From a Lay Leader's Desk

A series of opinion articles from lay leaders in our synod.


Earth Day

Apr 21, 2020

By Renée Wicklund, MNYS Vice-President 

It’s Earth Day. It’s Earth Day, and most of us are stuck inside.
Maybe, this Earth Day, God has something to tell us through the coronavirus.
First, let’s be clear: I don’t think God sends terrible events in order to teach us lessons. I’ve never liked the saying, “God won’t give you more than you can handle,” or, “God gives special children to special parents.” I just don’t think God engineers misery or impairments or disease in order to help us grow.
Truly, we engineer enough misery by ourselves. The way I see the situation, the coronavirus outbreak, like most dark clouds of despair swirling around us, came about because humans are up to no good. Not a direct connection—a COVID-19 patient is not responsible or “blameworthy” for getting the illness. Instead, humans, doing what they do and acting like they act, may be responsible for unleashing the illness in the first instance, or for creating risky conditions. (If you’re interested in our ability to conjure mischief, check out Luther’s Bondage of the Will.) Right from Adam’s fall, we’ve been mucking up creation.
I do think, however, that God wants us to learn from our mistakes. And I also think Earth Day is a prime day to learn.
(As an aside, you might not be in a position for deep thoughts about the world right now. If this crisis has you in a place of fear and anxiety, not a place of thoughtfulness, that’s okay. Feel free to stop reading and lean, simply, on God’s complete presence. “[F]ear not, for I am with you; be not dismayed, for I am your God; I will strengthen you, I will help you, I will uphold you with my righteous right hand.” (Isaiah 41:10.))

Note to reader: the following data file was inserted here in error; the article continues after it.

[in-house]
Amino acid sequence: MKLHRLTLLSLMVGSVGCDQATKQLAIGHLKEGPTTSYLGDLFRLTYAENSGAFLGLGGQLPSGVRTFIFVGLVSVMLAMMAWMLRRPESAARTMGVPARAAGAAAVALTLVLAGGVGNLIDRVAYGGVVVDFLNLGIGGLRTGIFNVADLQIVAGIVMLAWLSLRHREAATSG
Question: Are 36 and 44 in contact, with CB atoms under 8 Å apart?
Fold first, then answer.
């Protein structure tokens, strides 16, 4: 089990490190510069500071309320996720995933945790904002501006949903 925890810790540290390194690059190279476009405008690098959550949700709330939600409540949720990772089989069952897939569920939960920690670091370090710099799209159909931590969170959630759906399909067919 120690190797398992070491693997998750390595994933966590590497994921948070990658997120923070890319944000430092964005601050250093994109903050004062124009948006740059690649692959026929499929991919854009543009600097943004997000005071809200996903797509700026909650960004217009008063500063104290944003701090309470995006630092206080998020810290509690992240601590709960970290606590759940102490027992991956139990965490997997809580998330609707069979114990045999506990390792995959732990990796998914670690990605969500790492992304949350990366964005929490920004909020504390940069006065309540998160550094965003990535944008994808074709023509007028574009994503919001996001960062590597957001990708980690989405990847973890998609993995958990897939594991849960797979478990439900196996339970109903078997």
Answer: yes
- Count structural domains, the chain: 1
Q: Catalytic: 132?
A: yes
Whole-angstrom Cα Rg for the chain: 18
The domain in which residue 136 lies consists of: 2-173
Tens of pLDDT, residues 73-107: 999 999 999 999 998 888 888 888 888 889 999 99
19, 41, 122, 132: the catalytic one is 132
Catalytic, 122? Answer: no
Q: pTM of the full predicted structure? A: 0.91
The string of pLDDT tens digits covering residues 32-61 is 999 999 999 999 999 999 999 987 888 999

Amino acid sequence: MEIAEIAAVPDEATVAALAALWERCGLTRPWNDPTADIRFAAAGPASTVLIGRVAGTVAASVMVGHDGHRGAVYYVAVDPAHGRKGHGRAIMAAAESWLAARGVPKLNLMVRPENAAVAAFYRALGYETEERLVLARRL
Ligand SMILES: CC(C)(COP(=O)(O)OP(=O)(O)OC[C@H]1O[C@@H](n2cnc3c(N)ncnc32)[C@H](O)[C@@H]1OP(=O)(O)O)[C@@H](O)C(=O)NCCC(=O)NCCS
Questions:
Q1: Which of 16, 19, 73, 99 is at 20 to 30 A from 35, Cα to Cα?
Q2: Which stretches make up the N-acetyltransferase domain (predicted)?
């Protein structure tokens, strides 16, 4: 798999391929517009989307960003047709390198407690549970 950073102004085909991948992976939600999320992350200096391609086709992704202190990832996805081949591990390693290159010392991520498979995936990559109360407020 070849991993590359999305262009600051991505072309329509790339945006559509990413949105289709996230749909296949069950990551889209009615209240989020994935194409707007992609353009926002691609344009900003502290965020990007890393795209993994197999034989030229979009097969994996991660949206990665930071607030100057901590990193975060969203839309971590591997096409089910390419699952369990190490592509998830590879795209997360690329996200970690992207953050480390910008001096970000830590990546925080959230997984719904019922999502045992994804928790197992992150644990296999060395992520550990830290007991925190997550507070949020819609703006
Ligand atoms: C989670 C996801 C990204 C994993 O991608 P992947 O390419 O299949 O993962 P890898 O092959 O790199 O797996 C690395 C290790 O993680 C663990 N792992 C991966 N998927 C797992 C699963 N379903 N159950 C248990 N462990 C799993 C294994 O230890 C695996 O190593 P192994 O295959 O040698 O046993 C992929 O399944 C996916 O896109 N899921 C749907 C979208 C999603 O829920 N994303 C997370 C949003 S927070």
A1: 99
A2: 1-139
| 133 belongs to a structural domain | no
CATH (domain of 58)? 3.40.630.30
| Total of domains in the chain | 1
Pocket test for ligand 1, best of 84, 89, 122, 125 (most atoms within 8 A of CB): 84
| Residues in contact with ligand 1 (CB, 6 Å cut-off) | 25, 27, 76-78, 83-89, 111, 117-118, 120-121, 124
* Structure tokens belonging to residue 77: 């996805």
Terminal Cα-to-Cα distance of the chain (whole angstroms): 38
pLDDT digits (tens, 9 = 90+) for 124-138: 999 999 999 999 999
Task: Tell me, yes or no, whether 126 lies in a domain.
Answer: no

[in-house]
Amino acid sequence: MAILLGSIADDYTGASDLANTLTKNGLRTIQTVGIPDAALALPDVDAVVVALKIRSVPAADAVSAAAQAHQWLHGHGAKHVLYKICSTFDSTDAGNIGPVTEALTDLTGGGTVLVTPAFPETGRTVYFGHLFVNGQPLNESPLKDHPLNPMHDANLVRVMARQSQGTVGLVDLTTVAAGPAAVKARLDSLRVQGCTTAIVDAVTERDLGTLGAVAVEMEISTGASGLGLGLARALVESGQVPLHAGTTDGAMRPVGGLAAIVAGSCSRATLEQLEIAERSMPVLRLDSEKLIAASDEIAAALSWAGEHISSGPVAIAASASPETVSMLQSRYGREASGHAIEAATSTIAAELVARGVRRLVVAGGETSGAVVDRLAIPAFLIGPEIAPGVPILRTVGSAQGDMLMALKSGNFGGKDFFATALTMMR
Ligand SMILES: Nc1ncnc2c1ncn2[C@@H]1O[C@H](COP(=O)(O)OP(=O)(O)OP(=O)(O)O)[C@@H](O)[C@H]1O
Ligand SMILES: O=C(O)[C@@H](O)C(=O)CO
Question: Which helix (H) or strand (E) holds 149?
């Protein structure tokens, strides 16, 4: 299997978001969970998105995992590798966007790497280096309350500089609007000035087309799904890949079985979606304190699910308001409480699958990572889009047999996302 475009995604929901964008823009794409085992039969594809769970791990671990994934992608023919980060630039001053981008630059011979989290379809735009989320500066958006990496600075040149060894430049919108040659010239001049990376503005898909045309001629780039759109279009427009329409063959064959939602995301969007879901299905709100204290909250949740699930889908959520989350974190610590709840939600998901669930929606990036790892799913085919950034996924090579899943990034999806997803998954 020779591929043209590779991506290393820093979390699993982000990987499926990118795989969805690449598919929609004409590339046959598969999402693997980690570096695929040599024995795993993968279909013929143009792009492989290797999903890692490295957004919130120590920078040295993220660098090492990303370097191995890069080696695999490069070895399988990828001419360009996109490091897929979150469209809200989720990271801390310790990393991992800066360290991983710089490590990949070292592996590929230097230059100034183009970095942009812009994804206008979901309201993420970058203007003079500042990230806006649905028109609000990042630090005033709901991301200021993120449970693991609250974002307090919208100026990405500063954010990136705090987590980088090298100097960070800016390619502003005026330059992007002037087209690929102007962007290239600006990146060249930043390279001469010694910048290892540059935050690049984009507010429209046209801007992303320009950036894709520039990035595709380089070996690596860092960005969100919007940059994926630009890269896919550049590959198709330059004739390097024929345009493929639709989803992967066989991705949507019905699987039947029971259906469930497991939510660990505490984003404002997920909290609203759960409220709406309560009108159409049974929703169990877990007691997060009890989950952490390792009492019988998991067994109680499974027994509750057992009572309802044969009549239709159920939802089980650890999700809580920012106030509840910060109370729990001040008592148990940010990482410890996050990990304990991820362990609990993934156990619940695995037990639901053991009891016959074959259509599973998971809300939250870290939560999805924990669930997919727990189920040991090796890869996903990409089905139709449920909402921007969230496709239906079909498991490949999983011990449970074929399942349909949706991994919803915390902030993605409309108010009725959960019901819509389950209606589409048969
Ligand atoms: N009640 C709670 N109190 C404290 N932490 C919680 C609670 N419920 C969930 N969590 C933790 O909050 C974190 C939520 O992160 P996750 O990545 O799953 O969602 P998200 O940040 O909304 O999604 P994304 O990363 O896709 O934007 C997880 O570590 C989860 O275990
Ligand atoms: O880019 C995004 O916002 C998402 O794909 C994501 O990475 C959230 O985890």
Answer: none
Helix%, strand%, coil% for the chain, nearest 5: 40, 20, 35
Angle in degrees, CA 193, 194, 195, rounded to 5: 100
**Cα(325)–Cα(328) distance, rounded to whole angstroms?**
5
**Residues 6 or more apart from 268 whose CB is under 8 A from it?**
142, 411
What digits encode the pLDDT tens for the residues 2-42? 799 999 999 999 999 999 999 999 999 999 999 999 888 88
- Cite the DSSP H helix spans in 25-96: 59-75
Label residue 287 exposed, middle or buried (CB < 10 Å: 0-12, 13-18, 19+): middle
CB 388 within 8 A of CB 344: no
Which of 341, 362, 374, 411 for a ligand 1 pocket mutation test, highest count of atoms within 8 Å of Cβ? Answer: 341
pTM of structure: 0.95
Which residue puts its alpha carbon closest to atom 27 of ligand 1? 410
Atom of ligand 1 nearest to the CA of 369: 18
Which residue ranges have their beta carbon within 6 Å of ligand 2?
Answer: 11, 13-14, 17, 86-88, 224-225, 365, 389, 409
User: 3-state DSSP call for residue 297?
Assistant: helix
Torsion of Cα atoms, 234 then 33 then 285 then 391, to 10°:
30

While much of the human population has retreated to wait out this pandemic, the earth seems to be taking a deep breath. Pollution and carbon emissions are plummeting, leading to cleaner air in urban areas. The water in Venice’s famous canals has clarified. Thailand is seeing record sea turtle hatches, as the beaches usually covered with tourists are nearly empty. When we emerge from isolation, the world may look different.
Right now, the pundits are talking about how industry and the economy will bounce back when coronavirus restrictions end. Of course, that topic is on our minds; millions of people are suffering loss of income, our food supplies are threatened, and we’re enduring inconveniences (dental cleanings, haircuts, time with friends, other adults to teach our children) that may seem minor but grow bigger as time passes.
But getting the economy back on track should not be the only topic on our minds. “On the glorious splendor of your majesty, and on your wondrous works, I will meditate.” (Psalm 145:5.) This Earth Day, let’s think about how we might keep letting the earth breathe deeply, even when we start working to reclaim our former lives. Let’s ponder how our treatment of the rest of creation—the air, the animals, the plants, the oceans—might be one of the ways we’ve been falling short, and what God would have us learn from the coronavirus.
St. Paul wrote to the Philippians: “Brothers and sisters, I know that I still have a long way to go. But there is one thing I do: I forget what is in the past and try as hard as I can to reach the goal before me.” (Philippians 3:13.) We will reach the end of this pandemic. Why not use Earth Day to consider what we want to take from these terrible times into a better future?